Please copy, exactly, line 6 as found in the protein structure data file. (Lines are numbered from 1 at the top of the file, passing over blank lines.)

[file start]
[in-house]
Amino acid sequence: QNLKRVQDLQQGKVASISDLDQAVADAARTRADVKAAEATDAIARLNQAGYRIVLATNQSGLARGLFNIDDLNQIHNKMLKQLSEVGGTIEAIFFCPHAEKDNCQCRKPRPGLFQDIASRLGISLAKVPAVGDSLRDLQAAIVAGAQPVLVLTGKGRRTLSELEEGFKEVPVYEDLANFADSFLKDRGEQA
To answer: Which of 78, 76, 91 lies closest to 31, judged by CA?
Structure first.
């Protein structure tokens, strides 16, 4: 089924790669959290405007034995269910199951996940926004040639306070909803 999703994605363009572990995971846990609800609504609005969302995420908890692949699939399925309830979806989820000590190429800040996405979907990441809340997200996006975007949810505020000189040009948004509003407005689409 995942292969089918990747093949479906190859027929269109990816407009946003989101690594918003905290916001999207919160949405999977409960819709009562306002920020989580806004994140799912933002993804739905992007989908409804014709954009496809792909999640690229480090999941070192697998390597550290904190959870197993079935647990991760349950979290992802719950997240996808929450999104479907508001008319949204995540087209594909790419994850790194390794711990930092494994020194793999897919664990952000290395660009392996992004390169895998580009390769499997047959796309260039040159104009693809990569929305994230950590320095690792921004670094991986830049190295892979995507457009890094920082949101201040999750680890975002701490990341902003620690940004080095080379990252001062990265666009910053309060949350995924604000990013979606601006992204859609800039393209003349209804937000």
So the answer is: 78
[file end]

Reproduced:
So the answer is: 78